November 12, 2021 | Priya Elangovan
At AIT, we focus on helping women understand how politics and government impact their lives, focusing especially on the state and local factors that we interact with every day. All politics are local, but concerning data from the most recent elections make it clear that Americans are not nearly focused enough on local politics. After record-high voter turnout in 2018 and 2020, there was a major decline in turnout in state and local elections this year.
State and local elections have historically had a much lower turnout than presidential elections, proving that many Americans don’t appreciate that local races have a much bigger impact on our daily lives. On average, voter turnout in Presidential Election years is about 60%, and Midterm Election years is about 40%. However, a 2016 study by Portland State University found that in local elections across the 100 largest cities in the United States fewer than 15% of voters were turning out to elect mayors and city council candidates. Low turnout elections are less representative of their communities, with older and more affluent voters being overrepresented and minority and young voters being underrepresented. In fact, low turnout in local elections can lead to candidates winning by single digits, or in the event of a tie, being selected by drawing a name from a bowl, which happened this year in Portland, Maine. It should be concerning because local officials have the power to decide everything from speed limits on local roads, to the budgets of police, fire, and other local departments.
The 2021 elections have continued the post-2016 trend of higher voter turnout generally, but 20-30% voter turnout is still far from where voter participation should be. Voter turnout in New Jersey’s statewide elections has been on a downward trend for almost a century, despite a steady increase in the number of voters in the state. The turnout in 2021 is likely to be just slightly under the 2017 turnout of 39%. This is despite New Jersey having one of the highest turnout rates in the 2020 Presidential election, with 75% of the Voting Eligible Population casting a ballot.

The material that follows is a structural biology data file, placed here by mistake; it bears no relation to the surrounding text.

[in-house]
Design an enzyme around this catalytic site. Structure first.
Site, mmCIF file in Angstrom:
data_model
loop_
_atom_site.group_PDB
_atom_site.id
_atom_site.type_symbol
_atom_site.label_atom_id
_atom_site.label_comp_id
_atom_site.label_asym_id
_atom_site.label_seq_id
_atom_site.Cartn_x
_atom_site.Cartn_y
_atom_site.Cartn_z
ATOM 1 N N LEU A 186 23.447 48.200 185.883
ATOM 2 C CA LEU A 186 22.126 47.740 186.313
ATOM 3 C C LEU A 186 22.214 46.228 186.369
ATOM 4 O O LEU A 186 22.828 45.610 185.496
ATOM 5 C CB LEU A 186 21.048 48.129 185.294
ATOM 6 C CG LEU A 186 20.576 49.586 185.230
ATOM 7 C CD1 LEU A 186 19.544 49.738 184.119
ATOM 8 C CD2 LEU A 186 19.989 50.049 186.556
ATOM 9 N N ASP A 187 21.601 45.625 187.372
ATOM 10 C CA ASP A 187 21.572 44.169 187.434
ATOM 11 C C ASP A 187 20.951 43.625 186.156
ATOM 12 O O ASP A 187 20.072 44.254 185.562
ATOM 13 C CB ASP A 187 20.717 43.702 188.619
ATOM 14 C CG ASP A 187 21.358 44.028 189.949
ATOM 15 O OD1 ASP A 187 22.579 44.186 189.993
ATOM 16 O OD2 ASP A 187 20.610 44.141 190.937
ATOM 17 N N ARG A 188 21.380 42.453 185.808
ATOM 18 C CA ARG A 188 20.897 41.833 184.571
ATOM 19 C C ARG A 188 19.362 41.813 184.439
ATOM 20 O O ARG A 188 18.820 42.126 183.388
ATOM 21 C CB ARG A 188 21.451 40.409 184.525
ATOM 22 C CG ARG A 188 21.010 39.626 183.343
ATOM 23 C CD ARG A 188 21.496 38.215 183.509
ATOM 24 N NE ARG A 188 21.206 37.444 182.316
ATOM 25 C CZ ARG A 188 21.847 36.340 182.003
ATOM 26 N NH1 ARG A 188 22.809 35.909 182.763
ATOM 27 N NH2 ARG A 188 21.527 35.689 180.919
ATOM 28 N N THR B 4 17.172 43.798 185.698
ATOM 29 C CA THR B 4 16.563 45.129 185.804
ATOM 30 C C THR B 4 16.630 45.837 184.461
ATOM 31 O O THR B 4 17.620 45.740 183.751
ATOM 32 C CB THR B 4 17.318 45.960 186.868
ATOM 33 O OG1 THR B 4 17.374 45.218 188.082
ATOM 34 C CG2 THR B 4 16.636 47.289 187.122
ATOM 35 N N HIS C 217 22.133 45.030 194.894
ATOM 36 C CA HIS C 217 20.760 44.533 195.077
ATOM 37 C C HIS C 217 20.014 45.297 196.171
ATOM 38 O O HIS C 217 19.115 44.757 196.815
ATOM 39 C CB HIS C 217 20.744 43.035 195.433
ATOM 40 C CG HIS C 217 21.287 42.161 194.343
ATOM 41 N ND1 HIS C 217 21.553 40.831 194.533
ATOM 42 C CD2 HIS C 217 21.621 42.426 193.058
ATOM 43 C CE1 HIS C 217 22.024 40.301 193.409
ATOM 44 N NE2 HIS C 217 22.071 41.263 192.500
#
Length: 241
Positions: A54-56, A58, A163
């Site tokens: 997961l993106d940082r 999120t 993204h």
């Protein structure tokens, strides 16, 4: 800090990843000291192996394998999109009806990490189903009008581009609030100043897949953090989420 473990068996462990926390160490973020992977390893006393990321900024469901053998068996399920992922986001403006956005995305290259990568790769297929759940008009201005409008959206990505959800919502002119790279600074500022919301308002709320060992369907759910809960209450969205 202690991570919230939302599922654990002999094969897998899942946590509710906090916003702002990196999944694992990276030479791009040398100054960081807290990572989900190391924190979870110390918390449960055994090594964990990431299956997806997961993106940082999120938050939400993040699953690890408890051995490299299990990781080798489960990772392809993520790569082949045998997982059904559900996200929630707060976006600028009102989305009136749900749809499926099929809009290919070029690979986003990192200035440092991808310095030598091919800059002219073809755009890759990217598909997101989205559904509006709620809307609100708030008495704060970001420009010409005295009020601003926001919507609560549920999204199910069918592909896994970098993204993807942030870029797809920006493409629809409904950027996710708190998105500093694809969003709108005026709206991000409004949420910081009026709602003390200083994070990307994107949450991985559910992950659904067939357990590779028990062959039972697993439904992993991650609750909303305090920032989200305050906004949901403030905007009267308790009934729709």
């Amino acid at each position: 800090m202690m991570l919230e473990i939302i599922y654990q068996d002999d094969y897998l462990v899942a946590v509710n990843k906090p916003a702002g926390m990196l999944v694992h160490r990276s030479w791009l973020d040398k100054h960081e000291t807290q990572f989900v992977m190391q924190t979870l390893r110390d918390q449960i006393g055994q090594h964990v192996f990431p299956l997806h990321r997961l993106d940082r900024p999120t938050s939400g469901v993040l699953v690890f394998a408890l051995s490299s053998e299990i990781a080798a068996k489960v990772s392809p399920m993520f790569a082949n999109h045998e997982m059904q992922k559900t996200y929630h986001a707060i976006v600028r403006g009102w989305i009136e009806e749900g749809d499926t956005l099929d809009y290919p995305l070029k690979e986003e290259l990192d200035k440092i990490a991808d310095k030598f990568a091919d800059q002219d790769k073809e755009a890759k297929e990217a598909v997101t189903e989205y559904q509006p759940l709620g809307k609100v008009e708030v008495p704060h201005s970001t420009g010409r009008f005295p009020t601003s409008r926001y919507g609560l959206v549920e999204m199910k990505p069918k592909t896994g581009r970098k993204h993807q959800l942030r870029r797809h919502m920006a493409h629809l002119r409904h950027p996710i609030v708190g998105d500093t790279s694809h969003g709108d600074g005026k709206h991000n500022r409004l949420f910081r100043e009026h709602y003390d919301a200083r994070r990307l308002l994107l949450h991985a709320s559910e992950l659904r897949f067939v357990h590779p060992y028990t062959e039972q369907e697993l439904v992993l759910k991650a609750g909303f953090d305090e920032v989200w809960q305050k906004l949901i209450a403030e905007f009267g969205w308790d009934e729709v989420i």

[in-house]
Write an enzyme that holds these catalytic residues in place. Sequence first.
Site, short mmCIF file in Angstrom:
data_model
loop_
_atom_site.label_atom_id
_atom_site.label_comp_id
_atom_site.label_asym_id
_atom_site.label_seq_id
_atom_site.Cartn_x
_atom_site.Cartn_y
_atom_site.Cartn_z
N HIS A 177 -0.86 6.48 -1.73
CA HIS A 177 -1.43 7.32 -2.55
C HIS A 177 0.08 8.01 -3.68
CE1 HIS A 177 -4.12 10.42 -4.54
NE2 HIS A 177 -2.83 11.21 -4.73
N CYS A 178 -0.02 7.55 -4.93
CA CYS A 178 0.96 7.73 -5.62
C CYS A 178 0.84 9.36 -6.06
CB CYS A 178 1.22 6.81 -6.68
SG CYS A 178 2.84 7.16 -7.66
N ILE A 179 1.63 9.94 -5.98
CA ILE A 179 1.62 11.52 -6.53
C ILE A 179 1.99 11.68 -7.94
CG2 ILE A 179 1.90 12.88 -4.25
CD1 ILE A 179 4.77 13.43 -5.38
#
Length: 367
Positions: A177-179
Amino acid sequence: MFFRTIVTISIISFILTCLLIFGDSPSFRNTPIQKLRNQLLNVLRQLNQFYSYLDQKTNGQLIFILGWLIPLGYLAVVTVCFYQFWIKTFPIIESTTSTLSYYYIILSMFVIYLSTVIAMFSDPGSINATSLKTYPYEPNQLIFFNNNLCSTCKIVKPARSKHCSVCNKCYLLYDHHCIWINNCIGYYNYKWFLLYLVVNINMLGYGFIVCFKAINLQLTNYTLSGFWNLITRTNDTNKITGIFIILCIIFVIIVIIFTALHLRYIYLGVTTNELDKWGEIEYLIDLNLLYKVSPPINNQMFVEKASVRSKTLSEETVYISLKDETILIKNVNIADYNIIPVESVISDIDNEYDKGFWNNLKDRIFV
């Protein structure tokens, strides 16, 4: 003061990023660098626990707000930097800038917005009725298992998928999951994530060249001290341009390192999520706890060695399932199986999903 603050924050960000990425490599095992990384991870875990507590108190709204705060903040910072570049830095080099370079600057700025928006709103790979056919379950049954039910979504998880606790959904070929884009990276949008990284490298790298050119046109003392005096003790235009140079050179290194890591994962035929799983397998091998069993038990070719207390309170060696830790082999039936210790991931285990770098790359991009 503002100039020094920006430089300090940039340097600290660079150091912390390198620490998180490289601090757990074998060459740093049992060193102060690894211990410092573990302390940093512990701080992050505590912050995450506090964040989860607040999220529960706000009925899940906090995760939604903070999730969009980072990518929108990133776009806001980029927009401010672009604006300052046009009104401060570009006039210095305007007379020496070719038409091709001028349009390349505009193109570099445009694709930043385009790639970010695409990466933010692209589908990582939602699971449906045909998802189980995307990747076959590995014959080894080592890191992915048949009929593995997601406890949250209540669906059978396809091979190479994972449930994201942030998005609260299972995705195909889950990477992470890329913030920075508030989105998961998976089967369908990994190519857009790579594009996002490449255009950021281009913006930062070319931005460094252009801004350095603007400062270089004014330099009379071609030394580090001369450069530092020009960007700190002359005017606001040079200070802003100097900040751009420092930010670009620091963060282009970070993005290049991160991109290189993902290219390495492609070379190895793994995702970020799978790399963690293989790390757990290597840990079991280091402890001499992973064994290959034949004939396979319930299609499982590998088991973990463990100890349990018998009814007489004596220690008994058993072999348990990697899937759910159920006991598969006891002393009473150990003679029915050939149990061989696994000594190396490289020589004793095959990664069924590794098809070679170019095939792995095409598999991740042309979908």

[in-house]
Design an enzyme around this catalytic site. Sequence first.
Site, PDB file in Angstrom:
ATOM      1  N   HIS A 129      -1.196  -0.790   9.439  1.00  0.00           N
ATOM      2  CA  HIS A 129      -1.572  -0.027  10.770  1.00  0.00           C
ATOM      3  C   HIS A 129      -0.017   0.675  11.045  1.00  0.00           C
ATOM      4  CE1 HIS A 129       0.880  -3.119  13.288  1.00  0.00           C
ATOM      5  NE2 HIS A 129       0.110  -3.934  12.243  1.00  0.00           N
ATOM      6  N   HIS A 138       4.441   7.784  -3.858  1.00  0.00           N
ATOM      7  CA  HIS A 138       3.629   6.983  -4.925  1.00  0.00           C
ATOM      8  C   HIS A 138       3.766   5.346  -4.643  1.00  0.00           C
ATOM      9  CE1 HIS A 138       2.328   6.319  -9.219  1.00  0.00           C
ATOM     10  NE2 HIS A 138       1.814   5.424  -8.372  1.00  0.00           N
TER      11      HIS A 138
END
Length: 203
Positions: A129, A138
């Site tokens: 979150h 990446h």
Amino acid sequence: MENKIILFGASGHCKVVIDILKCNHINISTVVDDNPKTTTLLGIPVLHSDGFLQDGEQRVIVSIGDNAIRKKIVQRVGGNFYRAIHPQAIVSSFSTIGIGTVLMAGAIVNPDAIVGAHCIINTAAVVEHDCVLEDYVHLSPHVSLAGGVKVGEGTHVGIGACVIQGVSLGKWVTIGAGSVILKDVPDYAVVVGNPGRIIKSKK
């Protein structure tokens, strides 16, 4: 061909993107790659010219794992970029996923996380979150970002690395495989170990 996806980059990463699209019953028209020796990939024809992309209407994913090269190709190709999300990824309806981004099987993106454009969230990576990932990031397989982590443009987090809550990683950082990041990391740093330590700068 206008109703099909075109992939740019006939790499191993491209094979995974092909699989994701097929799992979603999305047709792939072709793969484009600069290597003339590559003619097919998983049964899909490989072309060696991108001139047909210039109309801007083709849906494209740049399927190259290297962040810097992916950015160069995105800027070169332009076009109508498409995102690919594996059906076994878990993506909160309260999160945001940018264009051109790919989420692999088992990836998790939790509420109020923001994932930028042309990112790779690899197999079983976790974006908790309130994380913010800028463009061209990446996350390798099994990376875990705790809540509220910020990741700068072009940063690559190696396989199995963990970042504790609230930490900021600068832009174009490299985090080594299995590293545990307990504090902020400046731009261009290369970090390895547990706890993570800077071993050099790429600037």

While New York City saw a number of historic elections in 2021, including the election of its first majority women city council, first muslim member, first south asian members, and first gen-z council member, voter turnout in this election, was lower than the previous two mayoral races in 2017 and 2013. This trend of low voter turnout and a decline in voter turnout is similar to local races in Boston, which saw Michelle Wu historically elected as the first woman and first Asian-American mayor, and across local races in Ohio, which saw voter turnout below 30%.
Virginia was the only state in the recent elections that bucked the national trend of declining turnout. Perhaps because of the national attention on the Governor’s race, Virginia’s 2021 election saw the highest turnout in a state election in over 20 years, with about 55% turnout. Even so, that still represents a marked decrease from the 75% turnout among registered voters in the 2020 elections. The makeup of the electorate was also different from 2020. Young voters (18-29) made up 17% of the overall electorate in 2020 but only 10% of the electorate in the 2021 Virginia race. The share of voters over 45 increased from 60% of the 2020 electorate to 69% of the 2021 elections.
Our goal at All In Together is to increase women’s civic participation across the board but especially in state and local politics. A series of focus groups conducted by the Knight Foundation and our friends at Lake Research Partners focused on examining why Millennials in particular do not vote in local elections. One of the main takeaways from that study was that Millennials don’t engage due to a lack of access to information about local elections and the way local government affects their lives. Our civic education training helps illustrate exactly that, and provides tools and resources to influence local officials and policies. We have helped women across the country connect with their local representatives and agencies. Our focus in 2022 will be to continue and expand that work, you can learn more and sign up to volunteer here!
Registered voters in NJ: 6,575,904
- 2,576,742 Ds
- 1,506,450 Rs
2,372,518 ballots cast in the governor’s race
2020 elections – 4,635,585 ballots cast (75% turnout
VA: 3,263,429 ballots cast for gubernatorial race 2021
2020 elections 4,523,142 ballots cast 2020 elections
NYC: registered voters 5,586,318
Mayoral race ballots 1,016,663
Minneapolis – 145,337 ballots cast in 2021 – 49.6% turnout
- The city had an 81.3% voter turnout in the 2020 elections
- 292,871 registered voters in Minneapolis as of November 3, 2020
- Increase in turnout from the 2017 (42.45%)